Research scientist Dr Jill Newcombe-Buley, 45, punched, slapped and smothered the children in a reign of terror which started soon after they were placed with her and her husband, Dr Nicholas Newcombe, 43, at their former home in Prestbury, Cheshire.
She also stamped on one child with a stiletto heel and hit one over the head with a dustbin lid.
Newcombe-Buley was jailed for four years in October after she admitted child cruelty while her husband, who pleaded guilty to neglect after he did not report his wife, was given a 12-month suspended sentence.
A report ordered by Cheshire East Local Safeguarding Children Board today concluded there had been ''many missed opportunities'' to detect the abuse and that the couple should never have been allowed to adopt the children - referred to as Child B, C and D.
Report author Chris Brabbs said: ''The children went from being 'rescued' from the exposure to significant harm within their birth family only to end up being placed in another abusive situation where they were subjected to repeated and systematic physical abuse, emotional harm and neglect.
''The specific nature of the abuse, and the manner in which it was carried out, by adults who chose to adopt vulnerable children, is hard to comprehend.
''The conclusion of this Serious Case Review was that at various stages over the 10 years, the abuse was both predictable and preventable.
''Had the appropriate actions been taken, the abuse may have been detected, and the children helped to disclose, much earlier.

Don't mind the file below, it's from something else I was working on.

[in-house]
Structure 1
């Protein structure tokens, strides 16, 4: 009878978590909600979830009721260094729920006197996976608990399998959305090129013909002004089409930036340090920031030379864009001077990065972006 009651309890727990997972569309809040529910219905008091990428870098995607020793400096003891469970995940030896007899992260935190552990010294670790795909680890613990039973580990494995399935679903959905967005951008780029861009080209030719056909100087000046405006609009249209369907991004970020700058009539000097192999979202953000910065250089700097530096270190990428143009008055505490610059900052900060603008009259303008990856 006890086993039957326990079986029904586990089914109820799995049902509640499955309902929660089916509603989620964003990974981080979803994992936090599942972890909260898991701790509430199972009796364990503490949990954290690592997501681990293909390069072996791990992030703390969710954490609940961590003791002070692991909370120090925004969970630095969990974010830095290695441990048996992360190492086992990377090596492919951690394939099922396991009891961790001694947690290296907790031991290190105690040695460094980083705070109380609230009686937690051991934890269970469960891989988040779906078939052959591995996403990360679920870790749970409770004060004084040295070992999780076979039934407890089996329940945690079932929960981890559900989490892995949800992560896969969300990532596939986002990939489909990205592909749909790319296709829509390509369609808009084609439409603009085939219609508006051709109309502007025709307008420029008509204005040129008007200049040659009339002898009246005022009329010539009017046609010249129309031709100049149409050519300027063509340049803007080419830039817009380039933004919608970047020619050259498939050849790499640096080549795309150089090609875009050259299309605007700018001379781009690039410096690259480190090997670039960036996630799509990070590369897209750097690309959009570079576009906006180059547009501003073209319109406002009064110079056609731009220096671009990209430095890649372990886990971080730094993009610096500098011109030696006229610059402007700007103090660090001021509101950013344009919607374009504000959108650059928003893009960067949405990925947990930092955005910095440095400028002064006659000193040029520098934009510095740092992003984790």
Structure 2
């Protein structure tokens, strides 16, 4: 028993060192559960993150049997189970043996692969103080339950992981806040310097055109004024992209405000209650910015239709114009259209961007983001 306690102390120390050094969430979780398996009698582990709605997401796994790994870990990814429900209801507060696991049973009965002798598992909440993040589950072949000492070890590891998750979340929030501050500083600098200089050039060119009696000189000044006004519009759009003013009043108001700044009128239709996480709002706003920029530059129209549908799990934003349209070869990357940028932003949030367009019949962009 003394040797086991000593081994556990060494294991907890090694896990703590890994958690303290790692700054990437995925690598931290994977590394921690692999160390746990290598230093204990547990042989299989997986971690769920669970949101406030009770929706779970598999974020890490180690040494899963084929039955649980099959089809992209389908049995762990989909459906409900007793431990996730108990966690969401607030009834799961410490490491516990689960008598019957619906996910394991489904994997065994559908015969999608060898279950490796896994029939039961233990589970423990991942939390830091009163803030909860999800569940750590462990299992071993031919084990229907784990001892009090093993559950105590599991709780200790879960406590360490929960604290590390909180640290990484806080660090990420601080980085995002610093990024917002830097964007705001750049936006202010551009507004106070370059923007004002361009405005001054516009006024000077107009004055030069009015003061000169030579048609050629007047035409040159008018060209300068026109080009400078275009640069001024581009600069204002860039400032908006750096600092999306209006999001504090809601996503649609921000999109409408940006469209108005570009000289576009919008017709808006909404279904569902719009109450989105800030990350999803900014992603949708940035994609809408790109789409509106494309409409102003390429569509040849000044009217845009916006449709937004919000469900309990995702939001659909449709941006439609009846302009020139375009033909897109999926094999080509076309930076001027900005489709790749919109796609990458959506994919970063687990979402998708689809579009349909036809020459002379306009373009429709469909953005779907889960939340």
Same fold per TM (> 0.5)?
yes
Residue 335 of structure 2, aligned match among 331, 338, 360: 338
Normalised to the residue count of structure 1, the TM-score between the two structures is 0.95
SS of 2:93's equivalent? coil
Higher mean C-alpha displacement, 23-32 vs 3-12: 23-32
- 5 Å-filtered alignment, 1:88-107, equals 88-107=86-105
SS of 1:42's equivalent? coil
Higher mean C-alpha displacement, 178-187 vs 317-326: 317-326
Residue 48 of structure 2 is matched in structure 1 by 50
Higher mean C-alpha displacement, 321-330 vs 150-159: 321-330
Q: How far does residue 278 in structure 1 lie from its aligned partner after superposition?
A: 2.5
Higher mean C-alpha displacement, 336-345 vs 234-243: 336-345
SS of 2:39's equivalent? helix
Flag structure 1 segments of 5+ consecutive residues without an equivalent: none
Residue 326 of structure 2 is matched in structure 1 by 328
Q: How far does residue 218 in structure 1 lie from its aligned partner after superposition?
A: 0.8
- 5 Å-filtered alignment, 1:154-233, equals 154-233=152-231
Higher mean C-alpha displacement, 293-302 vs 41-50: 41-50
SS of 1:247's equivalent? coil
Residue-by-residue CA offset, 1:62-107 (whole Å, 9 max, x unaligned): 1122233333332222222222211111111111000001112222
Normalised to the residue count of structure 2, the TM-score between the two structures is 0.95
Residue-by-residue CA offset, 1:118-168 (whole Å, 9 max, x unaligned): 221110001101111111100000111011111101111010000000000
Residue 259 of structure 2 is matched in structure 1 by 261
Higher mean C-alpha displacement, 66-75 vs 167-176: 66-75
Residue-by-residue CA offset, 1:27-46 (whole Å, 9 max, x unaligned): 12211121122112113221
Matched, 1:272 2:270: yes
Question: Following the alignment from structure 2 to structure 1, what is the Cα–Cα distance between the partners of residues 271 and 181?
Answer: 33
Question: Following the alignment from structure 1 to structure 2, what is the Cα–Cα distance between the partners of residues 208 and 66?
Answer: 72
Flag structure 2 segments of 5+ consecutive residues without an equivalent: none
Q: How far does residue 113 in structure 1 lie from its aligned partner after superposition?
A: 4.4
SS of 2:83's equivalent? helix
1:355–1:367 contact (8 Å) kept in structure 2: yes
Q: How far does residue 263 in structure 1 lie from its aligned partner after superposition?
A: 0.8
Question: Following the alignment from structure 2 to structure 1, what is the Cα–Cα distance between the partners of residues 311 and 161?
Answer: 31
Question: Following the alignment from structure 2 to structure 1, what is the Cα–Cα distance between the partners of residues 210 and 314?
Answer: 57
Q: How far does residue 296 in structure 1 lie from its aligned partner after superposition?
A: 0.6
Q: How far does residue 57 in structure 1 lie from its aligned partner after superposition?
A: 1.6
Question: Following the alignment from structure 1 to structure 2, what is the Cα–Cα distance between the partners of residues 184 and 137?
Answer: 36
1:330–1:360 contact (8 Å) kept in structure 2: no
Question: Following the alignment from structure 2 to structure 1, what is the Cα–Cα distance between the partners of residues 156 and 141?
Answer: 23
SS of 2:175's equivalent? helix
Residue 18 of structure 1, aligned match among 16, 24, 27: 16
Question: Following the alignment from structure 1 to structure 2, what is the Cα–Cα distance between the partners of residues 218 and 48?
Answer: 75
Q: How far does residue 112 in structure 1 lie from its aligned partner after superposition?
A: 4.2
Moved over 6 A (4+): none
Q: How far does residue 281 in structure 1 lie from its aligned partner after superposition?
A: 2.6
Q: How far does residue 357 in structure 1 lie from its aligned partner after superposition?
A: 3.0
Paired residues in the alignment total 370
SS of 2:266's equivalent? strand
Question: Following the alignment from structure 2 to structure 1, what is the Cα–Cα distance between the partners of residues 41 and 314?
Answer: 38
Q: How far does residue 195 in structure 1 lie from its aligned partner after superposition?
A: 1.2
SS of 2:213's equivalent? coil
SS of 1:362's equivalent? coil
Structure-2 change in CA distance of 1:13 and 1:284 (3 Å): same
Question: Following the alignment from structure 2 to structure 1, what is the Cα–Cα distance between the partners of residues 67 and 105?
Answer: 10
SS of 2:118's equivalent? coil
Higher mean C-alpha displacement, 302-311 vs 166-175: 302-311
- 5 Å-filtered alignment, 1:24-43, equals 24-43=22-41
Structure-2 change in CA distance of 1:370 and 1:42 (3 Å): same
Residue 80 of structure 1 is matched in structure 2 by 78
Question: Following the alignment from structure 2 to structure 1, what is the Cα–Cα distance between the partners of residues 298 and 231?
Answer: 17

''The Review has identified the many missed opportunities to pick up on the indicators of abuse, or to investigate disclosures made by Child B in particular, but also by Child C.''
He said the adoption process conducted by Stoke-on-Trent Social Services was ''flawed'' due to a number of factors such as the couple having never lived together, questions about their commitment due to work pressures and their complete lack of experience around children.
''The adoption panel allowed itself to be sucked into the attractiveness of the fact that these applicants were offering a rare and highly sought after commodity - a willingness to take a sibling group of three,'' he said.
Following the initial placement in November 1999 there was no re-evaluation of what was in the children's best interests until they were formally adopted in June 2001.
There was little agency involvement afterwards other than the schools the children attended.
Mr Brabbs said although there was evidence of teaching staff showing concern for the children, and trying to mitigate against the excess of their mother's parenting style, the ''inescapable conclusion is that the children were badly let down by all four schools who failed to record, or act on, their direct observations of a number of indicators of possible physical neglect and/or emotional abuse''.
The children had built up ''enormous resilience'' and staff struggled to make sense of the contradictory evidence of the children doing well at school
Mr Brabbs said there were 10 missed opportunities to carry out investigations of the many occasions when Child B in particular disclosed abuse from March 2009.
On many occasions Child B was returned home against his wishes and without being interviewed by a social worker, he said.
This possibly led to all three children believing it would be better to endure the abuse they knew rather than let it develop further.
Prime responsibility rested with Cheshire East Social Care and its emergency duty team but there were occasions when the police should have been more challenging of Social Care's plans and escalated their concerns for resolution at a more senior level, the report found.
It was not until September 2009 that the authorities finally listened to Child B when he was admitted to a paediatric ward after being assaulted by another youngster.